PS6 — 8 upgrades we want to see

PS5 console and controller
(Image credit: Future)

The PS5 has been out for two years, and finding a PS5 restock is still an uphill battle. Still, if history is any indication, we're currently somewhere between one-quarter and one-third of the way through this current console generation. As the wise man once said, time keeps on slippin', and before you know it, the PS5 will seem as dated as the PS4 does now.

While speculation on the eventual PlayStation 6 is arguably a bit premature, the wish list has to start somewhere. The Tom's Guide team put our heads together and came up with a few areas where the PS5 falls short, and where the PS6 could provide some much-needed improvements. Here are eight upgrades we want from the PS6 — bearing in mind that the PS6 is a long, long way off, and a lot could change between now and then.

And if you want to read our thoughts about a console that may happen a little sooner, check out seven upgrades we want from the Nintendo Switch 2

Cross-platform PS6/PC support 

horizon zero dawn

(Image credit: Sony Computer Entertainment Europe)

Just like how Sony should make every game possible playable via cloud streaming, it needs to do the same on PC. The more places a game can be played the better it is for gamers. The only exception should be if a smaller publisher/developer simply didn’t have the resources to put a game on a specific platform. So for Sony’s first-party games, there’s no excuse.

This means every game possible also needs cross-progression (or cross-save) so that users get a streamlined experience. Xbox does a great job of this with its first-party games on Game Pass Ultimate. If you download Halo: Infinite on Xbox One Series X|S and play, when you download it again on your PC you simply pick up from where you left off. While cross-progression is up to the publisher as much as the platform, Sony needs to make it a standard feature whenever possible. — Malcolm McMillan

Different controller styles 

A photo with a Sony DualSense Edge from the front and a second DualSense Edge from the back.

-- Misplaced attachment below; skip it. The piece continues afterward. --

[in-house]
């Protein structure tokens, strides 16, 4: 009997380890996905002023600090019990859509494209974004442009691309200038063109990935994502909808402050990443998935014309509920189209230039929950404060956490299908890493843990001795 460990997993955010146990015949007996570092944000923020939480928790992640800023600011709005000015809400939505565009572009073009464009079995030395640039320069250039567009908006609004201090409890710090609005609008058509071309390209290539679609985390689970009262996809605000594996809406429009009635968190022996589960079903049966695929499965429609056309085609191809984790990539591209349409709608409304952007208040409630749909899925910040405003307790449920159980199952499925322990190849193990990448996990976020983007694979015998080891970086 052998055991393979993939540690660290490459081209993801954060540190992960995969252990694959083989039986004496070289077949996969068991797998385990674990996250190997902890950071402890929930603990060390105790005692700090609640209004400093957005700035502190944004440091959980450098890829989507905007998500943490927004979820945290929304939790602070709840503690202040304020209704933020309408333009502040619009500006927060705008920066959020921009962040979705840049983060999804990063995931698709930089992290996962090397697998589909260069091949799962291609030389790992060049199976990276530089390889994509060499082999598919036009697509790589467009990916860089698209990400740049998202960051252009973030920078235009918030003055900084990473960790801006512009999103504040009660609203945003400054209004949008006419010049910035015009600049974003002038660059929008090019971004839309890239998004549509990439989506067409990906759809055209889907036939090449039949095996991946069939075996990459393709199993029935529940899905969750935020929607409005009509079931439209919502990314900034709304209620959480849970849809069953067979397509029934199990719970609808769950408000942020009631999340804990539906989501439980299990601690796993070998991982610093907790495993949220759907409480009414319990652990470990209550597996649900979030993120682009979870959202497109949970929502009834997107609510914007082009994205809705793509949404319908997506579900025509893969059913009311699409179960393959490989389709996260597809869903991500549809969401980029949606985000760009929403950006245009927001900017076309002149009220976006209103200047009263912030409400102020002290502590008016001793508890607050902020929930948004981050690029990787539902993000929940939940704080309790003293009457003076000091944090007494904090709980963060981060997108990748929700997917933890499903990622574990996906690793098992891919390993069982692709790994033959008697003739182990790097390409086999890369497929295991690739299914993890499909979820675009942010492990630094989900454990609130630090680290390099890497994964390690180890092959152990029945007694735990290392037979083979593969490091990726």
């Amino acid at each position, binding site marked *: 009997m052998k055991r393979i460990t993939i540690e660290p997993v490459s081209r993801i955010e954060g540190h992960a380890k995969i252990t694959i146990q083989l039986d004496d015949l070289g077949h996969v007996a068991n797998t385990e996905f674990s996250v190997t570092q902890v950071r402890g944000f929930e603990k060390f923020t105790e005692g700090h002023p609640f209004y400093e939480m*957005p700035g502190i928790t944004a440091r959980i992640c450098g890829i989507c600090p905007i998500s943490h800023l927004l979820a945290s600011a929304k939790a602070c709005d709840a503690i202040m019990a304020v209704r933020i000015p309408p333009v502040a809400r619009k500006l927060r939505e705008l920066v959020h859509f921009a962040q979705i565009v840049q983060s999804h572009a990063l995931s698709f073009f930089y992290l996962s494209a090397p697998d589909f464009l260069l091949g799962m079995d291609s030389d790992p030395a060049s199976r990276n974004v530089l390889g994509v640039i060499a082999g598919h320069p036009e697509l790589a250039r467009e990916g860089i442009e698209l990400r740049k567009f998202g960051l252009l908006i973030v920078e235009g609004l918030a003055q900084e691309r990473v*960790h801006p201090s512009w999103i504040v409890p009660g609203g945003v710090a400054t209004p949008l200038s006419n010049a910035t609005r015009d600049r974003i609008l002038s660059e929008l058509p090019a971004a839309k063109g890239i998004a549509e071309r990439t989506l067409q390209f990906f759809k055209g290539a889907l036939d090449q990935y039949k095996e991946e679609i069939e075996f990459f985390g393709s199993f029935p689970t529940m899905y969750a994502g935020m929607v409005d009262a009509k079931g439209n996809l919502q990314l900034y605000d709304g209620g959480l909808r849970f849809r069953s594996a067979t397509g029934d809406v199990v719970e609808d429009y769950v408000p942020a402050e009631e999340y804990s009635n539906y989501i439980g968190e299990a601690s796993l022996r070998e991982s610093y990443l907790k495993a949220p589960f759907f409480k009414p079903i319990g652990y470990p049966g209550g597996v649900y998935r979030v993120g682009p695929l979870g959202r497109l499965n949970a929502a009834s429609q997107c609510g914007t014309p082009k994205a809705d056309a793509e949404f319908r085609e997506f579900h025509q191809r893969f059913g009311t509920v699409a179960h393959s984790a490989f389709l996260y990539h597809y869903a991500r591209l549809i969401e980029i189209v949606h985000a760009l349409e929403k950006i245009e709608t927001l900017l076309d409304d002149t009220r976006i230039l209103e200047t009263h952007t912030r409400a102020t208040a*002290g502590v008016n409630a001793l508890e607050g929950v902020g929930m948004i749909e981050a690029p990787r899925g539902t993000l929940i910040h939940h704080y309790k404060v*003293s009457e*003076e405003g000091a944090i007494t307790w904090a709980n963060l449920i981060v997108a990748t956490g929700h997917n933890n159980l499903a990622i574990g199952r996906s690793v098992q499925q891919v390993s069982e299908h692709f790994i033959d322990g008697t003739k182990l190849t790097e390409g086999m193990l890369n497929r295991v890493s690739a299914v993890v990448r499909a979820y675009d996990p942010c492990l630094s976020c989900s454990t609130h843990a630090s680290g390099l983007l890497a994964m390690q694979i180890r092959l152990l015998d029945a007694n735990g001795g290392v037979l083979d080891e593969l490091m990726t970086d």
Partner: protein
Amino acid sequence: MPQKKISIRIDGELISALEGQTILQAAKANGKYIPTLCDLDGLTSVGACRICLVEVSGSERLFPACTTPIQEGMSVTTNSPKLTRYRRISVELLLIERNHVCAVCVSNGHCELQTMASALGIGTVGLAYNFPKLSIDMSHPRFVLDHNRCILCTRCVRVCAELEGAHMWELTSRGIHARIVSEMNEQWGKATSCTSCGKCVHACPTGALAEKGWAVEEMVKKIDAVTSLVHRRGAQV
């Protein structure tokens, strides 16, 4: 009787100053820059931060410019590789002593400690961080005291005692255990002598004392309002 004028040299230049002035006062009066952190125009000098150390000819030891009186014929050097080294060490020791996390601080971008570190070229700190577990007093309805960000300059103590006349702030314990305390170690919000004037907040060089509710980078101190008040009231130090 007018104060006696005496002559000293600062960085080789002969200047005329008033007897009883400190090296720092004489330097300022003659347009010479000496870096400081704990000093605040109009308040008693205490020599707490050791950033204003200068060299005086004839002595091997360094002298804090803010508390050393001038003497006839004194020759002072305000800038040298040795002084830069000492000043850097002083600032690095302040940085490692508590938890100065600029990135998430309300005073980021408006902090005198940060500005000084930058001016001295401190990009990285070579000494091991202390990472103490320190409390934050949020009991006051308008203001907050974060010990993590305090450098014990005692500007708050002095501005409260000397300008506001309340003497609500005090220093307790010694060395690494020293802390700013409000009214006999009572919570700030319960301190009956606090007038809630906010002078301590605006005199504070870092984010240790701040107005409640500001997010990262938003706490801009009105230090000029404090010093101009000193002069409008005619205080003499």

(Image credit: Sony Interactive Entertainment)

It’s no secret that I am not a huge fan of the PS5 DualSense controller. The device is large and unwieldy; the touch panel takes up way too much space; and the haptics are more distracting than immersive. And yet for the last two years, it’s been “DualSense or bust,” and it will remain that way until the extremely similar DualSense Edge comes out.

Both Microsoft and Nintendo have demonstrated that there’s a better way to handle controller compatibility. Microsoft made the Xbox Series X/S backwards compatible with all Xbox One controllers. Nintendo offers both the adaptable Joy-Cons and the more traditional Switch Pro Controller. There’s no reason why Sony couldn’t follow suit and offer a few different controller varieties right off the bat. — Marshall Honorof

Full cloud gaming support 

playstation plus

(Image credit: Sony)

You can make arguments about whether PS5 or Xbox has the best exclusives. Or about which console has the better controller. But what you cannot argue is that Xbox Game Pass Ultimate is ahead of PlayStation Plus Premium when it comes to cloud gaming.

PlayStation Plus does offer some cloud support. You can stream games to a PS4 or PS5 console or to your PC through the PlayStation Plus on PC app. But Game Pass Ultimate allows users to play on their Xbox console, their PC through an app, their PC through a web browser (which is a solid way to game on Chromebook) and their phone through the Game Pass app. Sony needs to match these features if they want their service to stand up well against Microsoft’s cloud gaming dominance. — Malcolm McMillan 

Ratchet & Clank: Rift Apart

(Image credit: Sony)

Between God of War, Horizon, Ratchet & Clank, Spider-Man, Uncharted and more, Sony has published — and continues to publish — some of the most beloved gaming series of all time. But at the moment, playing them start to finish is an absolute mess. You often need to own two or three different PlayStation consoles, or sift through three tiers of a subscription service, or puzzle out a generation’s worth of remakes, remasters and re-releases.